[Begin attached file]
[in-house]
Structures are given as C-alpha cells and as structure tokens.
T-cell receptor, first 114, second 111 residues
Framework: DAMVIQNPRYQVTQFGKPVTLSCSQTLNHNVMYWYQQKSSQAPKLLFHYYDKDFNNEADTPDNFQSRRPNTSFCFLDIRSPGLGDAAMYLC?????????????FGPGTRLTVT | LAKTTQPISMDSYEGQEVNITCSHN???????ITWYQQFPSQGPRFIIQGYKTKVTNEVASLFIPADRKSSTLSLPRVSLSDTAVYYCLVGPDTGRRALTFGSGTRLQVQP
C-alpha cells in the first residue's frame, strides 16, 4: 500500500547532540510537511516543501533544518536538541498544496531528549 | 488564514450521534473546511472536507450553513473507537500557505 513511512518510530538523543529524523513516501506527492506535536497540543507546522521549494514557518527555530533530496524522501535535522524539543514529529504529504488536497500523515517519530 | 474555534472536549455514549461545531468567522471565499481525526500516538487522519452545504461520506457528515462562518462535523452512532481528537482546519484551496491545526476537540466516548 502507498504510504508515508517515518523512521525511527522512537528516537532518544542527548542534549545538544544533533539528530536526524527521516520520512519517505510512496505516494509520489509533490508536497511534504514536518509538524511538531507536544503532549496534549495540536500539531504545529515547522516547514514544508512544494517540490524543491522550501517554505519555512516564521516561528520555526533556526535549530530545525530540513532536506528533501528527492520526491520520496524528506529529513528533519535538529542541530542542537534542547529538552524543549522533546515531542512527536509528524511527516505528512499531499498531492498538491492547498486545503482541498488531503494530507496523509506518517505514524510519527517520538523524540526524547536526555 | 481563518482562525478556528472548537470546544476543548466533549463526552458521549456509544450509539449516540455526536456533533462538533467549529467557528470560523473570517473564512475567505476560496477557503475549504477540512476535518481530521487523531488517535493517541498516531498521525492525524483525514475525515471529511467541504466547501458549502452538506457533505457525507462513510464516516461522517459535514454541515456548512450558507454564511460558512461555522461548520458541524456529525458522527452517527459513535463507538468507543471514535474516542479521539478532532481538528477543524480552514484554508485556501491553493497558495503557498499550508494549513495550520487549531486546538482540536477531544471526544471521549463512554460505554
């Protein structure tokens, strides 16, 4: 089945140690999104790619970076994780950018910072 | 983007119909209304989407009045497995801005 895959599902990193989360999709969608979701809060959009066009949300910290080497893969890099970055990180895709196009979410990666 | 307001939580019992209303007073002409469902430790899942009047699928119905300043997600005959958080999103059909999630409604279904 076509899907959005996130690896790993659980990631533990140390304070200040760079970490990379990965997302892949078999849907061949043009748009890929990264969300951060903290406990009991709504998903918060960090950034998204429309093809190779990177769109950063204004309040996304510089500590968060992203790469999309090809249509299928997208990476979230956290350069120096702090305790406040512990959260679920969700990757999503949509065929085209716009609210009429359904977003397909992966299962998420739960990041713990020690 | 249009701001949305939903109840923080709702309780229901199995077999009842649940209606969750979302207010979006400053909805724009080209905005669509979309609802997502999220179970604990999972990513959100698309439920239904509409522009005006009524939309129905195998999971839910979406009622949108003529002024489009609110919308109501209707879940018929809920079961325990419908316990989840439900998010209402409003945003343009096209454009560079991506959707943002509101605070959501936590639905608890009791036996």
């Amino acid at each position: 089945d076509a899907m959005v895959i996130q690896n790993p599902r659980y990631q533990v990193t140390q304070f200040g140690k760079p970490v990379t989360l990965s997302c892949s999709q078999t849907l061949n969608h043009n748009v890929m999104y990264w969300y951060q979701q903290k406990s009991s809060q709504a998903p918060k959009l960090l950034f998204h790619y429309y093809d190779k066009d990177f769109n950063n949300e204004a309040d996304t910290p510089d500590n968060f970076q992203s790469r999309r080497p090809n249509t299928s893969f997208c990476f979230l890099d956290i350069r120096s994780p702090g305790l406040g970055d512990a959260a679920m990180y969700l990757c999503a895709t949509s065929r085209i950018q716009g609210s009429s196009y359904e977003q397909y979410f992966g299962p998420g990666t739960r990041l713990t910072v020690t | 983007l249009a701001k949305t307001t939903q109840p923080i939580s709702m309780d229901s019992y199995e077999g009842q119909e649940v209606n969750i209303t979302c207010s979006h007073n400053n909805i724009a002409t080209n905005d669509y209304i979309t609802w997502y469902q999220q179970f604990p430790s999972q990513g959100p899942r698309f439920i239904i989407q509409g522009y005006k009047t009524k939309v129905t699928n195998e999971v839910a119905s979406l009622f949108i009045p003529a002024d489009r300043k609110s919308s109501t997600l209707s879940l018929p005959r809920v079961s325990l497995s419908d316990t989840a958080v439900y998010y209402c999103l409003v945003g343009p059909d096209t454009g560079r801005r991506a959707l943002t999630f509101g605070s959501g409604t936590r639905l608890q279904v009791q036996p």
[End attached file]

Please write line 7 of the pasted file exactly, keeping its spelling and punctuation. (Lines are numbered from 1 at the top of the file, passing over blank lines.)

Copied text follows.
């Amino acid at each position: 089945d076509a899907m959005v895959i996130q690896n790993p599902r659980y990631q533990v990193t140390q304070f200040g140690k760079p970490v990379t989360l990965s997302c892949s999709q078999t849907l061949n969608h043009n748009v890929m999104y990264w969300y951060q979701q903290k406990s009991s809060q709504a998903p918060k959009l960090l950034f998204h790619y429309y093809d190779k066009d990177f769109n950063n949300e204004a309040d996304t910290p510089d500590n968060f970076q992203s790469r999309r080497p090809n249509t299928s893969f997208c990476f979230l890099d956290i350069r120096s994780p702090g305790l406040g970055d512990a959260a679920m990180y969700l990757c999503a895709t949509s065929r085209i950018q716009g609210s009429s196009y359904e977003q397909y979410f992966g299962p998420g990666t739960r990041l713990t910072v020690t | 983007l249009a701001k949305t307001t939903q109840p923080i939580s709702m309780d229901s019992y199995e077999g009842q119909e649940v209606n969750i209303t979302c207010s979006h007073n400053n909805i724009a002409t080209n905005d669509y209304i979309t609802w997502y469902q999220q179970f604990p430790s999972q990513g959100p899942r698309f439920i239904i989407q509409g522009y005006k009047t009524k939309v129905t699928n195998e999971v839910a119905s979406l009622f949108i009045p003529a002024d489009r300043k609110s919308s109501t997600l209707s879940l018929p005959r809920v079961s325990l497995s419908d316990t989840a958080v439900y998010y209402c999103l409003v945003g343009p059909d096209t454009g560079r801005r991506a959707l943002t999630f509101g605070s959501g409604t936590r639905l608890q279904v009791q036996p």